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Flashcards in S5) Health Promotion Deck (24)
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What are determinants of health?

Determinants of health are a range of factors that have a powerful and cumulative effect on the health of populations, communities and individuals


Identify some determinants of health

- The physical environment,

- The social and economic environment,

- Our individual genetics, characteristics and behaviours


Why are determinants of health important?

- The context of people’s lives determine their health so blaming/rewarding people for their health is inappropriate

- Individuals are unlikely to be able to directly control many of the determinants of health


What is health promotion?

Health promotion is the process of enabling people to increase control over and to improve their health


There are certain principles of health promotion. Describe the following:

- Empowering 

- Participatory

- Holistic 

- Intersectoral

Empowering: enabling individuals and communities to assume more power over the determinants of health

- Participatory: involving all concerned at all stages of the process

- Holistic: fostering physical, mental, social and spiritual health

- Intersectoral: involving the collaboration of agencies from relevant sectors


There are certain principles of health promotion. Describe the following:

- Equitable 

- Sustainable

- Multi-strategy

Equitable: guided by a concern for equity and social justice

- Sustainable: bringing about changes that individuals and communities can maintain once funding has ended

- Multi-strategy: uses a variety of approaches e.g. policy and community development & organisational change


Distinguish between health promotion and public health

- Public Health tends to emphasise the ends

- Health Promotion places more value on means to achieve the ends


What are the 5 approaches enforced in health promotion?

- Medical / preventive

- Behaviour change

- Educational

- Empowerment

- Social change


What are the aims and approaches of Primary Prevention?

Aim: to prevent the onset of disease or injury – by reducing exposure to risk factors

- Approaches: immunisation, reducing risk factors from health-related behaviours, etc


What is the aim of Secondary Prevention?

Provide some examples

Aim: to detect and treat a disease (or its risk factors) at an early stage to prevent progression / potential future complications and disabilities from the disease

E.g. screening for cervical cancer, monitoring and treating blood pressure


What is the aim of Tertiary Prevention?

Provide some examples 

Aim: to minimise the effects of established disease

E.g. steroids for asthma, renal transplants, maximise the remaining capabilities and functions of an already disabled patient


One of the dilemmas raised by health promotion involve the 'ethics of interfering in people's lives'.

Explain this

- Potential psychological impact of health promotion messages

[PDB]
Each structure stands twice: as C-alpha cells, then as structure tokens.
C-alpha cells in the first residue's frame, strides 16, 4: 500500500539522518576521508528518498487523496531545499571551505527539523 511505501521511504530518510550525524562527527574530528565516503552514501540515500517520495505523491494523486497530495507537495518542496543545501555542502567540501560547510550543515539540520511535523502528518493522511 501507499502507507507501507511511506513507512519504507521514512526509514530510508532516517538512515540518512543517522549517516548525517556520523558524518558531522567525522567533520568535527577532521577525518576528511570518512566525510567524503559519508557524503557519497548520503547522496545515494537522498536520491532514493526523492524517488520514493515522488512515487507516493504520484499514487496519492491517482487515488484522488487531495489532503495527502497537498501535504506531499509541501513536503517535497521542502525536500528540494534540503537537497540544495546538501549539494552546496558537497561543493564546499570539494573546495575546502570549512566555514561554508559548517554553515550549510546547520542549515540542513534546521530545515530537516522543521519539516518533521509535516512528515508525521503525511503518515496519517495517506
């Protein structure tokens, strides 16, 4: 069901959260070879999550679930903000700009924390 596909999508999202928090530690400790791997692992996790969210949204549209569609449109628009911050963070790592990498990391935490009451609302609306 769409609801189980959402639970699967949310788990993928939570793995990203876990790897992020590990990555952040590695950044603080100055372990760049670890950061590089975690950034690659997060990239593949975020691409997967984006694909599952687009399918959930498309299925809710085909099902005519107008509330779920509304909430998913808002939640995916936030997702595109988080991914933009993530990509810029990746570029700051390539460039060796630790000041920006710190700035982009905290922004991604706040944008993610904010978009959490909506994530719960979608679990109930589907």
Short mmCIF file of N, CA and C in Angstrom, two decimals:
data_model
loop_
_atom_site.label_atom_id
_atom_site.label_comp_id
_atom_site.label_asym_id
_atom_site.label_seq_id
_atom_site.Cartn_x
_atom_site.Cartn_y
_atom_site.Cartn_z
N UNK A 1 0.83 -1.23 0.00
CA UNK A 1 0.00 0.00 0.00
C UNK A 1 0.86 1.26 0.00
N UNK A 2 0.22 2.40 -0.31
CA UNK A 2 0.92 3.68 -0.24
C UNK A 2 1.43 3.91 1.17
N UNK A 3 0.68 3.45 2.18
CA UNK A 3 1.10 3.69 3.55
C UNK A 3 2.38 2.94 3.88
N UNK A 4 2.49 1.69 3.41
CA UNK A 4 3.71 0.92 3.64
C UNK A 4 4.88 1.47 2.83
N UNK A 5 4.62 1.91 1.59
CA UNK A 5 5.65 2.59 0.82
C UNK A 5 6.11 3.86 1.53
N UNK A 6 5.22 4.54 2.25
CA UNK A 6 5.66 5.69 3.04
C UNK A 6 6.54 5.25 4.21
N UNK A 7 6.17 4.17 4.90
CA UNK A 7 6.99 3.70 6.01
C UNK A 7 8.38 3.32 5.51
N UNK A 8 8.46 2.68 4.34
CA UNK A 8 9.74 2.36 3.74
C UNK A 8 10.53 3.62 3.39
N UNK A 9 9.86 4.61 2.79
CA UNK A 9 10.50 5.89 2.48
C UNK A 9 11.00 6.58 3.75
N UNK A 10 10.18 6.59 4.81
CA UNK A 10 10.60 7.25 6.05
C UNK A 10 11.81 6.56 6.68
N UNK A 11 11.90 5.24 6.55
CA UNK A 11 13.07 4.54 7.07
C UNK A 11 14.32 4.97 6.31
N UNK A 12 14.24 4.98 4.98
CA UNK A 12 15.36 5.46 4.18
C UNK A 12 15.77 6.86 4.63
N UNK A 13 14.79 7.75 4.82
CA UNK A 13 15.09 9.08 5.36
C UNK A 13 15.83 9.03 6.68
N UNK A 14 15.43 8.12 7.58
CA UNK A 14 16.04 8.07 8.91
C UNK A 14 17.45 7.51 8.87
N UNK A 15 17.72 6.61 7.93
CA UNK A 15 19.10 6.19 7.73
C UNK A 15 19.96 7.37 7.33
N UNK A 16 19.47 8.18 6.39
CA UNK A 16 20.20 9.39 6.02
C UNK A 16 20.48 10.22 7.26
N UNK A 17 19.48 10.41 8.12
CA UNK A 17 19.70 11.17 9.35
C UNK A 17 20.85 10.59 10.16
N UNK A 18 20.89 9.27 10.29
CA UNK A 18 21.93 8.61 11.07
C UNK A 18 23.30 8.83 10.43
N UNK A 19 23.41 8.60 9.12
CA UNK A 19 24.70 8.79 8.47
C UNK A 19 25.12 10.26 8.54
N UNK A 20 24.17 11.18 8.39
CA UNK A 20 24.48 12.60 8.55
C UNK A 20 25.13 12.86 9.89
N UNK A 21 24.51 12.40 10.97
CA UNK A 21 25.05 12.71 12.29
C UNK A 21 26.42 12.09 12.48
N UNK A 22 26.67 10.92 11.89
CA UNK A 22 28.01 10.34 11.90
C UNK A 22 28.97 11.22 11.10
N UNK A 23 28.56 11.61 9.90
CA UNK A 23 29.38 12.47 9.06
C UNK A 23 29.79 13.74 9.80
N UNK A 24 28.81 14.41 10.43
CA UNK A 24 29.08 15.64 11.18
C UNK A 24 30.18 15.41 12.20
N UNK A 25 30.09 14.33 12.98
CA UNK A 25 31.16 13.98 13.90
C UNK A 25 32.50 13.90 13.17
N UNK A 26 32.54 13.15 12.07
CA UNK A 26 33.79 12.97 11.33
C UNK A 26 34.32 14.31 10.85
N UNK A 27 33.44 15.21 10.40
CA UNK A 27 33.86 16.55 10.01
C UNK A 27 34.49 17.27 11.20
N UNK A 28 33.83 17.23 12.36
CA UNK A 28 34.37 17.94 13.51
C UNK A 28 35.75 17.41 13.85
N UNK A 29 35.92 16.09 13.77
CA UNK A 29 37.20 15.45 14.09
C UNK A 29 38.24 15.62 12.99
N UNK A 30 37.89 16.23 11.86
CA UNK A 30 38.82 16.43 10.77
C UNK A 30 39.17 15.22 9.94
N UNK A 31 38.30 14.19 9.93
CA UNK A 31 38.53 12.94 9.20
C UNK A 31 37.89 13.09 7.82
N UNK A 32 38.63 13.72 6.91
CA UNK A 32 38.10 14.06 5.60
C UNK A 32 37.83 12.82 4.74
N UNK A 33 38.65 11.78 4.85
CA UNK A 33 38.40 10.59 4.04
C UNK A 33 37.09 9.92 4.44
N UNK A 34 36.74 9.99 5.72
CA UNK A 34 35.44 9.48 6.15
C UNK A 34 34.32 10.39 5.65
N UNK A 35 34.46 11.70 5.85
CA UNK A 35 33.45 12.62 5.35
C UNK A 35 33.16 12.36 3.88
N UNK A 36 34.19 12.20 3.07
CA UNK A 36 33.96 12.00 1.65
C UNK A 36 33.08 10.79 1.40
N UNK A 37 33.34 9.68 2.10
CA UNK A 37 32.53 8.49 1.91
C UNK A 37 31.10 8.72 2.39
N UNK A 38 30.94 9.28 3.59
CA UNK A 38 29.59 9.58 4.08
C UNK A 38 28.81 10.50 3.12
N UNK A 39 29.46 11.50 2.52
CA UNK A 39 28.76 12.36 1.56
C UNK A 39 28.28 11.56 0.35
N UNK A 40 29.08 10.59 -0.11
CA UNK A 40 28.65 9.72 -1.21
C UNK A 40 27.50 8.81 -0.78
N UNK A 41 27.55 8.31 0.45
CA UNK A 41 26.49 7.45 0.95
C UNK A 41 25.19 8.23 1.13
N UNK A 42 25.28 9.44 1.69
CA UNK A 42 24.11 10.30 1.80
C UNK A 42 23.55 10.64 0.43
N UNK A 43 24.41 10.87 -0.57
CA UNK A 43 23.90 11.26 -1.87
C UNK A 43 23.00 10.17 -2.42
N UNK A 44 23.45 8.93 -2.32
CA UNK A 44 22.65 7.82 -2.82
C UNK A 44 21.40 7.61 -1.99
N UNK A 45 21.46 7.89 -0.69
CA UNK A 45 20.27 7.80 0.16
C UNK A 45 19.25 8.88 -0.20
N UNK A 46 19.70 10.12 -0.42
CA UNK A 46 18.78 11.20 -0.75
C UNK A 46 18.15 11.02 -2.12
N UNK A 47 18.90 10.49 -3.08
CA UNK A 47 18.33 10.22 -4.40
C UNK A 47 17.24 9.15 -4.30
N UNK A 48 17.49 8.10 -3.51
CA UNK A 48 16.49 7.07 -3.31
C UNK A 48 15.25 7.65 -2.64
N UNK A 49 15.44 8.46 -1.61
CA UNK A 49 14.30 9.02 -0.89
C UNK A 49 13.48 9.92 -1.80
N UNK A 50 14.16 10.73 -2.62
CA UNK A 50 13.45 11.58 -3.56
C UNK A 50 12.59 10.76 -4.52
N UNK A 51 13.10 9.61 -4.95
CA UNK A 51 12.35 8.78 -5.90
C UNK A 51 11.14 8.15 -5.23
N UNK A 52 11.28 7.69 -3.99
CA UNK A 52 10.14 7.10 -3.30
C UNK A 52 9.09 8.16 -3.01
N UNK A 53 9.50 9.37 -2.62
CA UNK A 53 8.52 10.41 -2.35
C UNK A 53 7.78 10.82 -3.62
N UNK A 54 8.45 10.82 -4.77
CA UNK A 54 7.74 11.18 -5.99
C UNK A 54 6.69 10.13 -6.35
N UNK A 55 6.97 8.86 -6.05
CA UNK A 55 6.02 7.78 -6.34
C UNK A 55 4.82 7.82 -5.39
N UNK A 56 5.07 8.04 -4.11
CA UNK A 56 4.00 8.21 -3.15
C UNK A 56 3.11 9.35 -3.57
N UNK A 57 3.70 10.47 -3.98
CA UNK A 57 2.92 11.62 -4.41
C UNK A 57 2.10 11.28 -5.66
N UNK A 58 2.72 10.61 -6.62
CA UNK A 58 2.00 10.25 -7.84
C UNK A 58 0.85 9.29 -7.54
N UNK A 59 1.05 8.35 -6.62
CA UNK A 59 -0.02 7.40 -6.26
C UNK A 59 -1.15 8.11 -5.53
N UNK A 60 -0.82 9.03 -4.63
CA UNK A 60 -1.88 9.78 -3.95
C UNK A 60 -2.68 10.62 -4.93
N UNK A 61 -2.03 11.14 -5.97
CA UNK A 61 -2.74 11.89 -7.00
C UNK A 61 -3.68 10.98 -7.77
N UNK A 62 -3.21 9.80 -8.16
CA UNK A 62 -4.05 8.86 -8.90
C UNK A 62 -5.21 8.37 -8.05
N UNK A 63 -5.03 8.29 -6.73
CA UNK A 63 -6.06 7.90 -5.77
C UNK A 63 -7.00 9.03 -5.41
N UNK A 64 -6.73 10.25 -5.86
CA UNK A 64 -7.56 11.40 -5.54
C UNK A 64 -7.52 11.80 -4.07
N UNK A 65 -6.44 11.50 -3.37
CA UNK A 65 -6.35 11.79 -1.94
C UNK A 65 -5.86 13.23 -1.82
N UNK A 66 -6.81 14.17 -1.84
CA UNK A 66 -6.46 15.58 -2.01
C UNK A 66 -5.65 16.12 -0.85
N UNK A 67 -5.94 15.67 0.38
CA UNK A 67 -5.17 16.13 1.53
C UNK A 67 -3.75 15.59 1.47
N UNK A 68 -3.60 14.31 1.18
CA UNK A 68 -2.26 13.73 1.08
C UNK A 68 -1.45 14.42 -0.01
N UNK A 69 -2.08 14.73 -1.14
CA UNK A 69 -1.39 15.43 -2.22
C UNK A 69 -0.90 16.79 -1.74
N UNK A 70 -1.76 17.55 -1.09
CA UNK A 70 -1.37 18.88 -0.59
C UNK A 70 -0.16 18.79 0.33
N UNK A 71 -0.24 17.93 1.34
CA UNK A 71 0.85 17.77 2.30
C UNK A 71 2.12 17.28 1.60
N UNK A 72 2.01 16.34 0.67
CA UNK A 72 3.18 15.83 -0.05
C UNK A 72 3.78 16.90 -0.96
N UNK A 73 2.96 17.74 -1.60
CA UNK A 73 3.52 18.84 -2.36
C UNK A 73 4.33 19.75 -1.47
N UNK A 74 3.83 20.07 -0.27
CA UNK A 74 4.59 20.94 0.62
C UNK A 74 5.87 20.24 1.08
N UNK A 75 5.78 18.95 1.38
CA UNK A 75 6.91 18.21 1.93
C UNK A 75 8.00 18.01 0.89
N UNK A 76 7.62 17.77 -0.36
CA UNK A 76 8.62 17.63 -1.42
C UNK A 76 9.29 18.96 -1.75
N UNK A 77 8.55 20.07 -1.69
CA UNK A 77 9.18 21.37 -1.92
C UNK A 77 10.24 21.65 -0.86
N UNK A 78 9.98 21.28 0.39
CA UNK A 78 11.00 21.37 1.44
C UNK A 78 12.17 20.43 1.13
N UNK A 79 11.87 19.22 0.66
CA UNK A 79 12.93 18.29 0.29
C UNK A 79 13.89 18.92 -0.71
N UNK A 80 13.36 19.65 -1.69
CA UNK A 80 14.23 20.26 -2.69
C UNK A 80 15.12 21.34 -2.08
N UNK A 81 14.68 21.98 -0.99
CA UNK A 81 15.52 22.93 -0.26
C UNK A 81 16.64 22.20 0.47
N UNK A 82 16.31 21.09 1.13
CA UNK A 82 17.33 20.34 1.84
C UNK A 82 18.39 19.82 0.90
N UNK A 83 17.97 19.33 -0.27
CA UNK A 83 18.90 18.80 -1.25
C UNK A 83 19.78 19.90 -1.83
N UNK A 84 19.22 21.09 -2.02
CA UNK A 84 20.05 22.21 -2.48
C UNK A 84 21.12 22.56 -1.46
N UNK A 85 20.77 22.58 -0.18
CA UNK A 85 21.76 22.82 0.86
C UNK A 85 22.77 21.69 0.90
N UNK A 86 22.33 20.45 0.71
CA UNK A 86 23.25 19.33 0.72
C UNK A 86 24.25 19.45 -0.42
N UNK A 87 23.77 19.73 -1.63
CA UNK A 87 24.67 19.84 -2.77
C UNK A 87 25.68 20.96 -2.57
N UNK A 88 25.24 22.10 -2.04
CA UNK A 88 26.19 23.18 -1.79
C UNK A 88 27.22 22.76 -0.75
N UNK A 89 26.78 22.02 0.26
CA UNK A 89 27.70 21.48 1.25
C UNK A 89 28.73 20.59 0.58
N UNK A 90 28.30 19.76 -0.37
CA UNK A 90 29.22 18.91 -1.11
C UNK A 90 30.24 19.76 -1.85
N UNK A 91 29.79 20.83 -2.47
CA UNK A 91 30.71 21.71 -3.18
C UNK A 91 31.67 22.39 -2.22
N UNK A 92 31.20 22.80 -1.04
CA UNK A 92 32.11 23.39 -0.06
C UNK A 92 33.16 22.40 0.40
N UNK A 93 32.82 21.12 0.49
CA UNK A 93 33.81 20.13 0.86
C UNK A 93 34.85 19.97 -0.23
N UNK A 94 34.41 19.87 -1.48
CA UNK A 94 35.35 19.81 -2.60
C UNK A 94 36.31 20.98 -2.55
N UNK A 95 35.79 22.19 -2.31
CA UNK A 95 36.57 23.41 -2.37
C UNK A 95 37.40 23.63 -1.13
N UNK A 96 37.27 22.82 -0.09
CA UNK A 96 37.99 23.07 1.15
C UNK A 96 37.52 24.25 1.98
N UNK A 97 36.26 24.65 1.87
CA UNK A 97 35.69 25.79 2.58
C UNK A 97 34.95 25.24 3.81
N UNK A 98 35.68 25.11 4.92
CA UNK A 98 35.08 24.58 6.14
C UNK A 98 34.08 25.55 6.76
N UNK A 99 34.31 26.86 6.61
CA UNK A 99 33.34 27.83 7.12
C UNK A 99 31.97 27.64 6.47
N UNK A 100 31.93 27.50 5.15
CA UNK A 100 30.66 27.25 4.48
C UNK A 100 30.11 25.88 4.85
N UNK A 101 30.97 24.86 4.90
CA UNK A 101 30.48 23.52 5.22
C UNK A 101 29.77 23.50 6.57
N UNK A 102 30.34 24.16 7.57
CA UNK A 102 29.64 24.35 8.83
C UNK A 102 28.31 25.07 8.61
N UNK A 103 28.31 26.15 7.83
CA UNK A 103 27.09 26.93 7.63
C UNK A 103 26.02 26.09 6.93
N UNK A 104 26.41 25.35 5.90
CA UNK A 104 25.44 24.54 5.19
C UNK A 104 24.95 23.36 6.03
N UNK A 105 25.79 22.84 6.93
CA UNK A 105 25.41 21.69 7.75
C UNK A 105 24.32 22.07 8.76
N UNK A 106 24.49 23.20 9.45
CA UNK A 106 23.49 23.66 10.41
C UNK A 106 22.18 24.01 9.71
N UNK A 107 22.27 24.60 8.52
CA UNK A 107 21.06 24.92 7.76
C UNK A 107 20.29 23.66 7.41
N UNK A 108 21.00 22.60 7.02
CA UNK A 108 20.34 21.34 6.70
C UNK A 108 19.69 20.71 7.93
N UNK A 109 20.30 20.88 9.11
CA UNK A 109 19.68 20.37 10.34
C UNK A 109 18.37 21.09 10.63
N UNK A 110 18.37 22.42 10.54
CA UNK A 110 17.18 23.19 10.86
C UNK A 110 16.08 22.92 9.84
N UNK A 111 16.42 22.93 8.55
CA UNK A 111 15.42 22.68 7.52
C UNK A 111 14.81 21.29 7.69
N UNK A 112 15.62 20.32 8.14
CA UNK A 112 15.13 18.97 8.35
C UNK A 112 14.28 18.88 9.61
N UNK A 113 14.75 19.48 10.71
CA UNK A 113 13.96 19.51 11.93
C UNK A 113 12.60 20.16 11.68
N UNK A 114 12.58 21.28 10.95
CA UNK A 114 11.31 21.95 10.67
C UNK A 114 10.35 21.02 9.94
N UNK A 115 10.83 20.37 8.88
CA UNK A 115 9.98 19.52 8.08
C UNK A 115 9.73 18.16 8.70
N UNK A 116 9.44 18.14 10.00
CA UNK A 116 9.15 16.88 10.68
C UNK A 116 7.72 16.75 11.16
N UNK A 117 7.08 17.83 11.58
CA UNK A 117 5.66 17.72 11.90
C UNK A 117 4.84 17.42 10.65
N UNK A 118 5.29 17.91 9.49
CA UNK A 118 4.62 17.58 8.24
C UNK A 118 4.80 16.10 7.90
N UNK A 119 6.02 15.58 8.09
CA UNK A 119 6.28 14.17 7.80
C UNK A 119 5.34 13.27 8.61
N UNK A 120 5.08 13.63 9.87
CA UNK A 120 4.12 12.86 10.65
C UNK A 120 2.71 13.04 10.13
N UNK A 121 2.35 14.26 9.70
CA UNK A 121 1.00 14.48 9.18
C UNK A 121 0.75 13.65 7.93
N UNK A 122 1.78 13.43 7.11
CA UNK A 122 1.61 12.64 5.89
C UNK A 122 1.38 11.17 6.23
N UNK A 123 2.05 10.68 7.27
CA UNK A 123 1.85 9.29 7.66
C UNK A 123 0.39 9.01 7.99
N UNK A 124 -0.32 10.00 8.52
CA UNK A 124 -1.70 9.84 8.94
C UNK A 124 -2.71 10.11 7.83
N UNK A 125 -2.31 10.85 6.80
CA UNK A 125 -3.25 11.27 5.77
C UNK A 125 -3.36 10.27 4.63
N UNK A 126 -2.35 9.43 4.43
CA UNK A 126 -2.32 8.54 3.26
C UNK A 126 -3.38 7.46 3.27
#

- State interventions in individuals’ lives


One of the dilemmas raised by health promotion involve the 'victim blaming'.

Explain this

Focusing on individual behavioural change plays down the impact of wider socioeconomic & environmental determinants of health

E.g. high costs of 'healthy living', housing conditions, water and air quality, etc


One of the dilemmas raised by health promotion involve the 'fallacy of empowerment'.

Explain this

- Giving people information doesn't give them the power

- ‘Unhealthy’ lifestyles aren't due to ignorance but due to adverse circumstances and wider socio-economic determinants of health


One of the dilemmas raised by health promotion involve the 'reinforcing of negative stereotypes'.

Explain this

Health promotion messages have the potential to reinforce negative stereotypes associated with a condition or group

E.g. Leaflets aimed at HIV prevention in drug users can reinforce that drug users should only blame themselves


One of the dilemmas raised by health promotion involve the 'Unequal distribution of responsibility'.

Explain this

Implementing healthy behaviours in the family is often left up to women

E.g Healthy eating advice and the responsibility – eat more fresh fruit, less processed food, etc.


Explain the relevance of lay beliefs to health promotion interventions

- If people don’t see themselves as a ‘candidate’ for a disease they won't co-operate with health promotion

- Awareness of anomalies and randomness of a disease (e.g. heart attacks) also impacts views about candidacy


What is evaluation?

Evaluation is the rigorous & systematic collection of data to assess the effectiveness of a programme in achieving predetermined objectives


Why should one evaluate?

- Need for evidence-based interventions

- Accountability

- Ethical obligation 

- Programme management and development


What is process evaluation?

Process evaluation focuses on assessing the process of programme implementation (uses qualitative methods)


What is impact evaluation?

Impact evaluation assesses the immediate effects of intervention


What is outcome evaluation?

Outcome evaluation measures more long-term consequences


Illustrate how the timing of evaluation can influence the ‘outcome’

Delay: some interventions might take a long time to have an effect

- Decay: some interventions wear off rapidly


Why could it be difficult to demonstrate an attributable effect?

- Design of the intervention

- Possible lag time to effect

- Potential confounding factors

- High cost of evaluation research